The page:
Receiving suspicious calls? Hang up. Every year, thousands of people lose money to telephone scams. Protect yourself and your savings. No matter how friendly or trustworthy the caller seems, if you hear lines that sounds like any of these, say "No, thank you," hang up, and file a complaint with the FTC:
- You've been specially selected (for this offer).
- You'll get a free bonus if you buy our product.
- You've won one of five valuable prizes.
- You've won big money in a foreign lottery.
- This investment is low risk and provides a higher return than you can get anywhere else.
- You have to make up your mind right away.
- You trust me, right?
- You don't need to check our company with anyone.
- We'll just put the shipping and handling charges on your credit card.
What to Do
- If a caller has made you feel uncomfortable, asked you for personal information – like your credit card or Social Security Number – or is pressuring you to buy something you hadn’t planned to purchase, say "No thanks."
- As soon as you do, hang up and report it to the Federal Trade Commission.
Hang Up on Fraudulent Telemarketing
Hang Up on Phone Fraud
Trouble In Your Inbox
Unfortunately, people fall victim to Internet fraud – called phishing – every day. Scammers impersonate businesses to trick you into providing personal information. Some obvious signs of phishing include emails, texts and pop-up messages that ask for your personal or financial information. Don’t click on links within the emails or reply to the messages. Delete them immediately. Legitimate businesses don’t ask you to send sensitive information through unsecure channels.
What to Do
- Delete email and text messages that ask you to confirm or provide personal information, including credit card and bank account numbers, Social Security numbers and passwords.
- Ignore and delete emails that seem like they’re from organizations you do business with and threaten to close accounts or take action if you don’t provide personal information. If you ever have any questions, contact the organization from which the email seems to have been sent.
- Never reply or click on links, or call phone numbers provided in the message. Many phishing messages direct you to sites that look real but whose purpose is to steal your information.
- Do not follow directions in suspicious emails. Some scammers ask you to call a phone number to update your account or access a "refund." A local area code doesn’t guarantee the caller is local.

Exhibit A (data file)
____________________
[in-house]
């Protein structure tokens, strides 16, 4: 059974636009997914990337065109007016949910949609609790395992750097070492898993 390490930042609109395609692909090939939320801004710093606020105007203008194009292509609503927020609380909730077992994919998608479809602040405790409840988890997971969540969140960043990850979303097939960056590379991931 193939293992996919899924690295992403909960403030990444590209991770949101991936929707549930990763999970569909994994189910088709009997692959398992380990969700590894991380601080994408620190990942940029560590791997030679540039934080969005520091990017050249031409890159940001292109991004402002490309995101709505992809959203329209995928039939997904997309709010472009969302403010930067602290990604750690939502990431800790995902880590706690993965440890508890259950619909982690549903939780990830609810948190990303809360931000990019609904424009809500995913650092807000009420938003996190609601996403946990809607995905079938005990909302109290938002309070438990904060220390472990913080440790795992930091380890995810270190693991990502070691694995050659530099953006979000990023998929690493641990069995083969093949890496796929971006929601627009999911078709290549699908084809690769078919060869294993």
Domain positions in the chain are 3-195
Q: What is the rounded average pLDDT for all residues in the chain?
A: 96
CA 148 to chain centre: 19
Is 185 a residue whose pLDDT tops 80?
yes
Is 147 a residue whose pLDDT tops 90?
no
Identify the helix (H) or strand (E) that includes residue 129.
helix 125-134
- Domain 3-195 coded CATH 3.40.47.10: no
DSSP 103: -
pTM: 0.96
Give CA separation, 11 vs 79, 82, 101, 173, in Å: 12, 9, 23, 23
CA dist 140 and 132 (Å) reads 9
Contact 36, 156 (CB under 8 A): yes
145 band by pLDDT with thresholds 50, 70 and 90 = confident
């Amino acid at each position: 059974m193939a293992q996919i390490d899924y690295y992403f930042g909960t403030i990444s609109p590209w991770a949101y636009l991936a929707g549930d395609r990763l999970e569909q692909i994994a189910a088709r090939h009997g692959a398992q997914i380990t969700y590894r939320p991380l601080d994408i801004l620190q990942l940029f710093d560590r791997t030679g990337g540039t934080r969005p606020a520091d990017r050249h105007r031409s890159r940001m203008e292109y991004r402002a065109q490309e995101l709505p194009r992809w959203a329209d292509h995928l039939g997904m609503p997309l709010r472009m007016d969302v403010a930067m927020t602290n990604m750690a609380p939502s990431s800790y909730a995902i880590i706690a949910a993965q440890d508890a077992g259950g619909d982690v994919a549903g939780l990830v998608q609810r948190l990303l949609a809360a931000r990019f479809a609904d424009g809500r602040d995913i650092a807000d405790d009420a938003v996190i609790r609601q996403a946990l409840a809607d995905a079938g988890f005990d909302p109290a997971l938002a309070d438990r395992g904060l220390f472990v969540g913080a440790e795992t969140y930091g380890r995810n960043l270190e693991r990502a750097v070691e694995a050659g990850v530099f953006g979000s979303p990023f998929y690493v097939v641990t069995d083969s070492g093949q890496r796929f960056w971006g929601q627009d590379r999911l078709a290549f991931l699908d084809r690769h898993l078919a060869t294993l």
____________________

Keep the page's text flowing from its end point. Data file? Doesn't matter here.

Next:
If you’re concerned about your account or need to reach an organization you do business with, call the number on your financial statements or on the back of your credit card.
If You’ve Been Tricked
If you suspect you have been tricked by a phishing email, follow these steps:
- File a report with the Federal Trade Commission at www.ftc.gov/complaint.
- Visit theFTC’s Identity Theft website. Victims of phishing could become victims of identity theft; there are steps you can take to minimize your risk.
Phishers are looking to lure you with bogus emails and pop-ups that seem safe. Will you take the bait or live to swim another day?
Phony Phone Messages
Text message spam, like email phishing, is sent to retrieve your personal information.
Text spam often promises free gifts or product offers in exchange for personal information, and can lead to unwanted charges on your phone bill or slow your cell phone performance. It’s illegal to send unsolicited commercial email messages to wireless devices, unless the sender has your permission.
There are a few exceptions to that law. Transactional messages, or those that come from a company you have a relationship with are legal. Also, non-commercial messages, like political surveys or fundraising requests, are allowed.
What to Do
- Delete text messages that ask you to confirm or provide personal information. No legitimate companies will ask for information, like account numbers or passwords, by text.
- Don’t reply, and don’t click on links provided in the message: Links can install malware and take you to spoof sites designed to look real and steal your information.
- Never give out personal information in response to a text. Your Social Security, credit card, and account numbers can be used to steal your money or open new accounts in your name.
- Place your cell phone number on the National Do Not Call Registry.
- Report text message spam. If you are an AT&T, T-Mobile, Verizon, Sprint or Bell subscriber, copy the original message and forward it to the number 7726 (SPAM). It’s free.
- Review your cell phone bill for unauthorized charges and report them to your carrier.
- File a complaint with the Federal Trade Commission (FTC) about unwanted commercial or other text and email messages.